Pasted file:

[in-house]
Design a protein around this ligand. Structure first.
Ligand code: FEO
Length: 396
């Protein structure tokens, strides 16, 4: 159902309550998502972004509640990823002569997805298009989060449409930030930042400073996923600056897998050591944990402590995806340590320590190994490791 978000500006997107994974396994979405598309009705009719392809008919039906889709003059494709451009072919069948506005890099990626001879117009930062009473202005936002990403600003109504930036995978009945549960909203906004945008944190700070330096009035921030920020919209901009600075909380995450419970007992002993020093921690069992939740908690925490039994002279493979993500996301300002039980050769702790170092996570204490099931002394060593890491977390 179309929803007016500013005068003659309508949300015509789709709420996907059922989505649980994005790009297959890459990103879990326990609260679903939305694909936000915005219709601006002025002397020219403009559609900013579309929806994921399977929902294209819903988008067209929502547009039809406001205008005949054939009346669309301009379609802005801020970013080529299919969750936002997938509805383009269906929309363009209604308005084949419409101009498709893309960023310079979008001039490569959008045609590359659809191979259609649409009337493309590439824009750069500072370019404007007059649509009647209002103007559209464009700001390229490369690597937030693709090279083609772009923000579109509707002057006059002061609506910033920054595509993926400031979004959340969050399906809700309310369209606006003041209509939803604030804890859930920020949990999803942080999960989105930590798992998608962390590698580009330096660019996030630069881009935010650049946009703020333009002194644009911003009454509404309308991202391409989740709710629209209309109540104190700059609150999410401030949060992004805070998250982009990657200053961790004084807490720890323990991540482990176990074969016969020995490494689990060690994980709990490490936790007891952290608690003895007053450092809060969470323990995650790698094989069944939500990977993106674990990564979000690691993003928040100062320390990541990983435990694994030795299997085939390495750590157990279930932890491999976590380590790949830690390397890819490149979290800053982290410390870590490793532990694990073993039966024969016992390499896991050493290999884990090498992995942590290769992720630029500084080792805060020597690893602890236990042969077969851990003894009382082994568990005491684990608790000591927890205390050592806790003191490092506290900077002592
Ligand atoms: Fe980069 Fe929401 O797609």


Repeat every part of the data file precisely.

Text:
[in-house]
Design a protein around this ligand. Structure first.
Ligand code: FEO
Length: 396
């Protein structure tokens, strides 16, 4: 159902309550998502972004509640990823002569997805298009989060449409930030930042400073996923600056897998050591944990402590995806340590320590190994490791 978000500006997107994974396994979405598309009705009719392809008919039906889709003059494709451009072919069948506005890099990626001879117009930062009473202005936002990403600003109504930036995978009945549960909203906004945008944190700070330096009035921030920020919209901009600075909380995450419970007992002993020093921690069992939740908690925490039994002279493979993500996301300002039980050769702790170092996570204490099931002394060593890491977390 179309929803007016500013005068003659309508949300015509789709709420996907059922989505649980994005790009297959890459990103879990326990609260679903939305694909936000915005219709601006002025002397020219403009559609900013579309929806994921399977929902294209819903988008067209929502547009039809406001205008005949054939009346669309301009379609802005801020970013080529299919969750936002997938509805383009269906929309363009209604308005084949419409101009498709893309960023310079979008001039490569959008045609590359659809191979259609649409009337493309590439824009750069500072370019404007007059649509009647209002103007559209464009700001390229490369690597937030693709090279083609772009923000579109509707002057006059002061609506910033920054595509993926400031979004959340969050399906809700309310369209606006003041209509939803604030804890859930920020949990999803942080999960989105930590798992998608962390590698580009330096660019996030630069881009935010650049946009703020333009002194644009911003009454509404309308991202391409989740709710629209209309109540104190700059609150999410401030949060992004805070998250982009990657200053961790004084807490720890323990991540482990176990074969016969020995490494689990060690994980709990490490936790007891952290608690003895007053450092809060969470323990995650790698094989069944939500990977993106674990990564979000690691993003928040100062320390990541990983435990694994030795299997085939390495750590157990279930932890491999976590380590790949830690390397890819490149979290800053982290410390870590490793532990694990073993039966024969016992390499896991050493290999884990090498992995942590290769992720630029500084080792805060020597690893602890236990042969077969851990003894009382082994568990005491684990608790000591927890205390050592806790003191490092506290900077002592
Ligand atoms: Fe980069 Fe929401 O797609």